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by Christine Kohler


Children's book editors often say they do not want writers to submit rhyming picture books. Yet, we all read and love rhyming picture books. What editors really mean is that they receive in the slush pile so few rhyming stories that are done well that they don't want to wade through them while reading submissions.


As a former writing instructor and an author for 37 years, most unpublished poems writers want critiqued as picture books are written in iamb. This is the most common rhythm in English verse.

As one who is published in poetry in two languages, I suggest you experiment with different feet and meters.


Here's a guide to different feet:  


Iamb – a foot consisting of an unaccented syllable and an accented. (Ex. forsake; New York)


Trochee – a foot consisting of an accented and an unaccented syllable. (Ex. happy; London)


Anapest – a metrical foot consisting of three syllables, with two unaccented syllables followed by an un accented one. (Ex. Tennessee; "The Cloud" by Byron Shelly, "Like a child from the womb, like a ghost from the tomb…")


Dactyl – a foot consisting of one accented syllable followed by two unaccented. (Ex. mannikin; Leningrad)


Spondee – a foot composed of two accented syllables. (Ex. football; all joy)


Pyrrhic -- a foot composed of two unstressed short syllables. (Ex. go to; the boy)


Teachers and poets who do school visits, I used to write these feet on the white-board, then have students come up and print their names and mark syllable breaks, stressed and unstressed syllables. This exercise was always a big hit. I like to think the lesson stayed with the teens longer because it was connected with their own names.    


In poetry, when you divide the lines into different feet by breaking up syllables and determining the accents, this is called "scanning" or "scansion."  Scansion tells you the rhythm of a line. From high school to graduate school I scanned poetry manually. However, if anyone knows of a scansion program, please share the link in comments, and how you liked using it compared to doing so manually.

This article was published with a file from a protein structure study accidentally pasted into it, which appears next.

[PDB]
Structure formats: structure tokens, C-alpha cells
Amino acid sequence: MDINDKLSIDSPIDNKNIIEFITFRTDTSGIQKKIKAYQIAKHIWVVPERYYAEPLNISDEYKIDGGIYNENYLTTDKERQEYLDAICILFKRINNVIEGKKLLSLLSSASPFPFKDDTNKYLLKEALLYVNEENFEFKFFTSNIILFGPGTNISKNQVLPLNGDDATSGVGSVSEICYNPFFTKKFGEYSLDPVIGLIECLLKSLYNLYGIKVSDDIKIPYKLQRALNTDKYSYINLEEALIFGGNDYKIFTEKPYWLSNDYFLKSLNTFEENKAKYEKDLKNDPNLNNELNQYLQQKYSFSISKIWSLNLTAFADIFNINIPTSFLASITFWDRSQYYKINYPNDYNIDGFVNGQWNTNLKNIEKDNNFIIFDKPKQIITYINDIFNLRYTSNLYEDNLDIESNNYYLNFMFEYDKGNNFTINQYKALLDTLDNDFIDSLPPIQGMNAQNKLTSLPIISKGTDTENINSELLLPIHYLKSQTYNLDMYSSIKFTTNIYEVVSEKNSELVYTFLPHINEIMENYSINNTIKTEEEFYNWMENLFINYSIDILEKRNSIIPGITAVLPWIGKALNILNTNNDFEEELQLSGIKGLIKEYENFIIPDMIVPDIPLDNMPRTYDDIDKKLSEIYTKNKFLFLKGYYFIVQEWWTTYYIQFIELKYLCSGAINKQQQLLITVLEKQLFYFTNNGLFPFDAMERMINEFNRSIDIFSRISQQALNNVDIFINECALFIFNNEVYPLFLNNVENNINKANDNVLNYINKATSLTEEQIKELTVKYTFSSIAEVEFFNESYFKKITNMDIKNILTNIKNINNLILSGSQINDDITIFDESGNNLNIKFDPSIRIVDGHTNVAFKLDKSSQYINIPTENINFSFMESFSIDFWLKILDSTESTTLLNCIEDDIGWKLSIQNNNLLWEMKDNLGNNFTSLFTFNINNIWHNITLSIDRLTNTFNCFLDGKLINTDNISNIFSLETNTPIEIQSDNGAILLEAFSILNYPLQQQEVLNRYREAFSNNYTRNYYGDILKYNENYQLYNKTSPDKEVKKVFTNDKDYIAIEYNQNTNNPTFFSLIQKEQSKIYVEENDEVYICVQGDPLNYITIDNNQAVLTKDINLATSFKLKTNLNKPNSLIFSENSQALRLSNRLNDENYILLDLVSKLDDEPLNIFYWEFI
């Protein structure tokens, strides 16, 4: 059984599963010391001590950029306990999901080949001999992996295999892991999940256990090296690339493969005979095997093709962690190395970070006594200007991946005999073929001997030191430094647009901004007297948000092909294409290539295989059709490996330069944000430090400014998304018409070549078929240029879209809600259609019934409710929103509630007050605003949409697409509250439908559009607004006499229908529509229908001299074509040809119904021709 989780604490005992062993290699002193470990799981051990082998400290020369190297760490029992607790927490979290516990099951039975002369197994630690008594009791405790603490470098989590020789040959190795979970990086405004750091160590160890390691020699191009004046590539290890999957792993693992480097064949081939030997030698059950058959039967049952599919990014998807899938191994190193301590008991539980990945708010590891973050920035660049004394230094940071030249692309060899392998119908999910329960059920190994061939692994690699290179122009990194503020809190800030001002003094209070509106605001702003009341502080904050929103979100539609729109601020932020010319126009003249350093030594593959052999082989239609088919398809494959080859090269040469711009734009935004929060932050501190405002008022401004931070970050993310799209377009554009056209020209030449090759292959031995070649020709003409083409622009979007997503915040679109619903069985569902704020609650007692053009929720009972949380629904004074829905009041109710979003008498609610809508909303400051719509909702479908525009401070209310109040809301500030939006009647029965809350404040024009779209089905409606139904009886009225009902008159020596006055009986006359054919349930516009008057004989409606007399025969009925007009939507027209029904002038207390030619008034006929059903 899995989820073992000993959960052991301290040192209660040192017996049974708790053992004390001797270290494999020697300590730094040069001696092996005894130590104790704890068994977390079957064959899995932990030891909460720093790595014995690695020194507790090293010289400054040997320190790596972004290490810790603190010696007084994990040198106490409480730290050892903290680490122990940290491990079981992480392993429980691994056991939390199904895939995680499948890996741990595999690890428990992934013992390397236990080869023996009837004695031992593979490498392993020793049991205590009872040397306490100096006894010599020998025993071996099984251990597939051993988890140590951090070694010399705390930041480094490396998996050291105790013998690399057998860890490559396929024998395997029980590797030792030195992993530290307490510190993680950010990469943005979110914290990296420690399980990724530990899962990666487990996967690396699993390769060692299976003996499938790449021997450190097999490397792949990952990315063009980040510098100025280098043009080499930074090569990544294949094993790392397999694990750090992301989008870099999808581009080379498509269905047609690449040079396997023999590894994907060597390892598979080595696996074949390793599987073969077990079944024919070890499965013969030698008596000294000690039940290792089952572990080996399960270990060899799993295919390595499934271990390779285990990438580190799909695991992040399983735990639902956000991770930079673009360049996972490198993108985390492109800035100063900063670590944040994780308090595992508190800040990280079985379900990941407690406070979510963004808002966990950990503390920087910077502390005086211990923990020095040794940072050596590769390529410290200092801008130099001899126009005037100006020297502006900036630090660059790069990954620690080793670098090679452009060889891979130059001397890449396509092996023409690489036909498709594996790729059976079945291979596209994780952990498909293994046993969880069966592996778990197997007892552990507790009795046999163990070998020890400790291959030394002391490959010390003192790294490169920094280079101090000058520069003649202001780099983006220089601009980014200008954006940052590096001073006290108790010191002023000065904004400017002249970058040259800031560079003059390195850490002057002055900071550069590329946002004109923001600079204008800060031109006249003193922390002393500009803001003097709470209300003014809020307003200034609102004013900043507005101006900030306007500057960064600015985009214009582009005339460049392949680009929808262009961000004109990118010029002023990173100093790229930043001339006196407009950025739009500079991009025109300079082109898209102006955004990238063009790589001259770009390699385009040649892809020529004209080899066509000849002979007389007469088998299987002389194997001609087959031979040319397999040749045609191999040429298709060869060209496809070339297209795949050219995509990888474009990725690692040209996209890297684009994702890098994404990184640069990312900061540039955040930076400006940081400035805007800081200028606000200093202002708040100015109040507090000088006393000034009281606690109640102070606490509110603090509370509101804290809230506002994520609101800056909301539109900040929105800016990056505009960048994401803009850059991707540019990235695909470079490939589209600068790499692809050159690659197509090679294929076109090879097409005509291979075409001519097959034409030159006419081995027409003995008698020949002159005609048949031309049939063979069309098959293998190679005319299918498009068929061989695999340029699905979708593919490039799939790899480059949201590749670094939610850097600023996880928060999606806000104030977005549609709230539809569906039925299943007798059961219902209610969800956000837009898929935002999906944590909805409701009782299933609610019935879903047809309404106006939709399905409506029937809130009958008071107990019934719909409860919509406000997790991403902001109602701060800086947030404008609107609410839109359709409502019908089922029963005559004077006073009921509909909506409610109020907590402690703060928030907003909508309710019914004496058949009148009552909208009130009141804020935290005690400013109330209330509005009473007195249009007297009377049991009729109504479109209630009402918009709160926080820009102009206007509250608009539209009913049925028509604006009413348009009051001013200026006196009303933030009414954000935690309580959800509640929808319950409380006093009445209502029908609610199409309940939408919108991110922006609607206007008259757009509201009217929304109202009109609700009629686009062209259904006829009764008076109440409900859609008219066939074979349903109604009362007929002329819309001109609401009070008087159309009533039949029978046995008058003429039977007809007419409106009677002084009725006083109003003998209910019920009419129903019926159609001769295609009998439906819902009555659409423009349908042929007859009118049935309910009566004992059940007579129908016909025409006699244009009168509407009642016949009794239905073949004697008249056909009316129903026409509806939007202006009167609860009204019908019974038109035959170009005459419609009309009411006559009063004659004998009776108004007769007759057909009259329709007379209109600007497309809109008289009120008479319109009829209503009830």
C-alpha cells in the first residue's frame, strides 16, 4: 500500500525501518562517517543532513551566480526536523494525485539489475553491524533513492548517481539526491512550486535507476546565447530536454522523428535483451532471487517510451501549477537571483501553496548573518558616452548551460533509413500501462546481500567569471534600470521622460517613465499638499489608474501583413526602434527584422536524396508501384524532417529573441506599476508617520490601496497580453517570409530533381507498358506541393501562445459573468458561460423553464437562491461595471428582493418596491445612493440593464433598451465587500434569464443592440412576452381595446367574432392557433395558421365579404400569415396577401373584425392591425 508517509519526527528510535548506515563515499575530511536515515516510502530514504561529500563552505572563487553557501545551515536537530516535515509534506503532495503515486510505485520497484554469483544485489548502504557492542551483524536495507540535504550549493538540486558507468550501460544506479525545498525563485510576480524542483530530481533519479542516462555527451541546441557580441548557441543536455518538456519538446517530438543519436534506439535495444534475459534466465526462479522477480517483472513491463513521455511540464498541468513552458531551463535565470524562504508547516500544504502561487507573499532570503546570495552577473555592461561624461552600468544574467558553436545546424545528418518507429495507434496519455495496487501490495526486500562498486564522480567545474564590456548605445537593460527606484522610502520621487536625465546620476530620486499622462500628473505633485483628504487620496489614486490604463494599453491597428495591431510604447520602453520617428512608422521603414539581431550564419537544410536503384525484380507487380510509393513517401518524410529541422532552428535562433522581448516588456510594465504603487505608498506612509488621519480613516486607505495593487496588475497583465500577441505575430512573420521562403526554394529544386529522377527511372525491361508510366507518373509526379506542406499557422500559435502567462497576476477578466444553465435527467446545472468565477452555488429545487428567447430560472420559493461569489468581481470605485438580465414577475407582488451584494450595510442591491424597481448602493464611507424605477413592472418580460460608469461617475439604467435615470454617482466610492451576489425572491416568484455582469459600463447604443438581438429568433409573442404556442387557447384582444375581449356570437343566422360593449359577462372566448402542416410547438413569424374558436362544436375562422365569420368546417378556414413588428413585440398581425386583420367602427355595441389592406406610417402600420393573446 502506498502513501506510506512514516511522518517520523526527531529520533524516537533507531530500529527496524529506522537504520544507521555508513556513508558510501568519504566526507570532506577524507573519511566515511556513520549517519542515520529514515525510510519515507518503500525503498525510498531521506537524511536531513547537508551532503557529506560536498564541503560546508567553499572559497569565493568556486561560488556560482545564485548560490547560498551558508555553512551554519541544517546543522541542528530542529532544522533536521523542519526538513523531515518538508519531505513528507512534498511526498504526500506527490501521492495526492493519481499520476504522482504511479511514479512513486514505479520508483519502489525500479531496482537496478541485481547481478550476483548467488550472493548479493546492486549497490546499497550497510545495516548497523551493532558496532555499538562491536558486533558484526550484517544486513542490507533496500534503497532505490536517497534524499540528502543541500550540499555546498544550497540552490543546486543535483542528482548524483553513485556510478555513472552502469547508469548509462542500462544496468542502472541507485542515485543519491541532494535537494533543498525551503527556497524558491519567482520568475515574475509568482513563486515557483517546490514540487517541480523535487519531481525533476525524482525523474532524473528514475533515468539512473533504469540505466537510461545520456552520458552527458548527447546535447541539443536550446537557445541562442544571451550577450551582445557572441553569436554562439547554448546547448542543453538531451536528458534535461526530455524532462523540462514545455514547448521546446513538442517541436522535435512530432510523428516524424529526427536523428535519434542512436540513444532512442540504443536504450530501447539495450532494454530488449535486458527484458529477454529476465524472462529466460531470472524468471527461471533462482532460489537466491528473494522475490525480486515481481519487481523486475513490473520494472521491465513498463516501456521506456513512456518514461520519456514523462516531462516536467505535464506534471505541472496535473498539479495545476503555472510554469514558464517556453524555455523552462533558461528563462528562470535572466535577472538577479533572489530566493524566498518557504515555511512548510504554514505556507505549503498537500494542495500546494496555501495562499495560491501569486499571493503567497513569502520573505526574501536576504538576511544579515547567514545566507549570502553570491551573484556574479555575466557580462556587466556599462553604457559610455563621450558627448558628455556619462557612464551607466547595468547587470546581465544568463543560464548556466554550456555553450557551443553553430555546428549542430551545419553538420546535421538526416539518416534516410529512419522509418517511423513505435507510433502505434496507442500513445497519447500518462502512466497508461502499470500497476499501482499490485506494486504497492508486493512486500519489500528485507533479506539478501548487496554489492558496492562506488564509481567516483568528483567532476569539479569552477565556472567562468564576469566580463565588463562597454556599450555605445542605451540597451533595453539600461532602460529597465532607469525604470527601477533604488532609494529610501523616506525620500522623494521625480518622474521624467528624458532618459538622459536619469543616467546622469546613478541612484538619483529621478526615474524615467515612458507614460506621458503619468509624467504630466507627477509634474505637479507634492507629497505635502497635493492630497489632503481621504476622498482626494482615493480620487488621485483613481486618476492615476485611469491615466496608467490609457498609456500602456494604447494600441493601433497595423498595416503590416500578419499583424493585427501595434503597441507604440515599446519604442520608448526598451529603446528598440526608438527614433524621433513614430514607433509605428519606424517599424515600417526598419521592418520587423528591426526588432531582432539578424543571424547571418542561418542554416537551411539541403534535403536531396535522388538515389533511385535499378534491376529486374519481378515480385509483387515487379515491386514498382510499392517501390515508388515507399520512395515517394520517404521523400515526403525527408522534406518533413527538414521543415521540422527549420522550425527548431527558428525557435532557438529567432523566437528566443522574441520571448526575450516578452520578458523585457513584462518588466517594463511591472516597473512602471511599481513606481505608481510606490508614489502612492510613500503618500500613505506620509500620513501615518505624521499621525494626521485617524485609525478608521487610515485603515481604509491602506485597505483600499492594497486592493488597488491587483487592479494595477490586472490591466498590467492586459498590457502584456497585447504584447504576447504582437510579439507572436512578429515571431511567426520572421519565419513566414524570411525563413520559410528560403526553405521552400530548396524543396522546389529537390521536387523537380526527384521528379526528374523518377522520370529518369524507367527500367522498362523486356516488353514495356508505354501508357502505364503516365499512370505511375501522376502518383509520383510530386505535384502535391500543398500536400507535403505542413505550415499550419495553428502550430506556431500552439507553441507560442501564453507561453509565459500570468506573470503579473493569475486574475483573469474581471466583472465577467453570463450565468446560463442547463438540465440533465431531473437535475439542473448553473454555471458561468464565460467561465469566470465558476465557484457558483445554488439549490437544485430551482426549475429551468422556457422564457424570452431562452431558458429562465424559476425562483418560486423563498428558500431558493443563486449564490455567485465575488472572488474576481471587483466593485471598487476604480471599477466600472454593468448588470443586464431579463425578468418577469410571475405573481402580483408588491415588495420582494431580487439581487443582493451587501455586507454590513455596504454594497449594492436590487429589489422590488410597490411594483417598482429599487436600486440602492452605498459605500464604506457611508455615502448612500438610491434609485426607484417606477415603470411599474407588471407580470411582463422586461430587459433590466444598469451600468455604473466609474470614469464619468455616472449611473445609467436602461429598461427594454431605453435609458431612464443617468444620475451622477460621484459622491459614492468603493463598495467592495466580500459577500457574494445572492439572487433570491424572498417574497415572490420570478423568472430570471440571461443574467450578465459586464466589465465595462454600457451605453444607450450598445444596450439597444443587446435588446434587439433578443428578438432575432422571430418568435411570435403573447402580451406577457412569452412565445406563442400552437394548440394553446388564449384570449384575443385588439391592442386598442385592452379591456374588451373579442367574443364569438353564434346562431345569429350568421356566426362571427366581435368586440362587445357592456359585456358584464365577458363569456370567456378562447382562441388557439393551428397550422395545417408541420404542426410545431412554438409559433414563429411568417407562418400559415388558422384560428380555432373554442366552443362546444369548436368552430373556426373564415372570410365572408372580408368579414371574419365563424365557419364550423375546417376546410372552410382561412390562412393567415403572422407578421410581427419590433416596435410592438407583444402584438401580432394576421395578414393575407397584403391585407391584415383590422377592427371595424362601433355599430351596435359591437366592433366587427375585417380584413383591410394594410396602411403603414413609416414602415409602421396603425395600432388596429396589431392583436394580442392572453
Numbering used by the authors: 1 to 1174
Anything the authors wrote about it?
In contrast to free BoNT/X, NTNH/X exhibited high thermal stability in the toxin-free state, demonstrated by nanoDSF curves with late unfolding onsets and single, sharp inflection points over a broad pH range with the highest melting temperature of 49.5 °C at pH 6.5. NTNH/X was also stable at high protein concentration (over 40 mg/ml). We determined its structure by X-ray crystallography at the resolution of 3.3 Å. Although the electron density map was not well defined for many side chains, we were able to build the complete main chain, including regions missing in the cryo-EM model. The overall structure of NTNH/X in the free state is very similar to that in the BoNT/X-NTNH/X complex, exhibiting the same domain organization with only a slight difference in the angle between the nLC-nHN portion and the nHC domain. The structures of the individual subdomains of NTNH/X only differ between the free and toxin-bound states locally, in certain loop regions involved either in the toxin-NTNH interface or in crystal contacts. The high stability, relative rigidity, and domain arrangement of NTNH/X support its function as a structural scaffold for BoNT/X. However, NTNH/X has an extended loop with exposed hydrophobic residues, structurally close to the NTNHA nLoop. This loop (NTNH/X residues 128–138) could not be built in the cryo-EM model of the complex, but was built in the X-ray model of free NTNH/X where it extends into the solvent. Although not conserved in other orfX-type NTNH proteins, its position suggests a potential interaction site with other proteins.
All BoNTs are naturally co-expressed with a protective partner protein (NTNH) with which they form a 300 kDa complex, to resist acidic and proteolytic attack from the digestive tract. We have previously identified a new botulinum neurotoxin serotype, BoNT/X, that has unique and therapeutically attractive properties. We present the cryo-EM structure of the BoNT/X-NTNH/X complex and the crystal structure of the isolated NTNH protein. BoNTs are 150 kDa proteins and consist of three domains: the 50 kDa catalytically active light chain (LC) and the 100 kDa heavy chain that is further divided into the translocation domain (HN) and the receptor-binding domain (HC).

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photo by Antonio Doumas 

by Christine Kohler


Solomon, an Israelite king who ruled in 970-930 B.C., was a writer. Most know his works PROVERBS, SONG OF SOLOMON, and ECCESIASTES. Solomon has a lot to say to writers.


For instance, in Ecclesiastes 12:12 Solomon wrote to his son, "…of making many books is no end…" (KJV) This is true in so many different ways for writers. Writers often have so many ideas for books or articles that they couldn't begin to work on all of the ideas within a lifetime.  There's also the case of "byline high." The euphoria of publication and seeing your byline in print is a feeling that never gets old. When I switched to writing books exclusively, I waved my hand at all the files stuffed full of published articles and stories and told myself, "I have to never care whether I see my byline again" to pursue this path. (Prior to that decision I had 5 books and one collection published more than a decade before. It took me three years without a byline before I sold another book. That was a long three years, wondering if it would ever happen again.)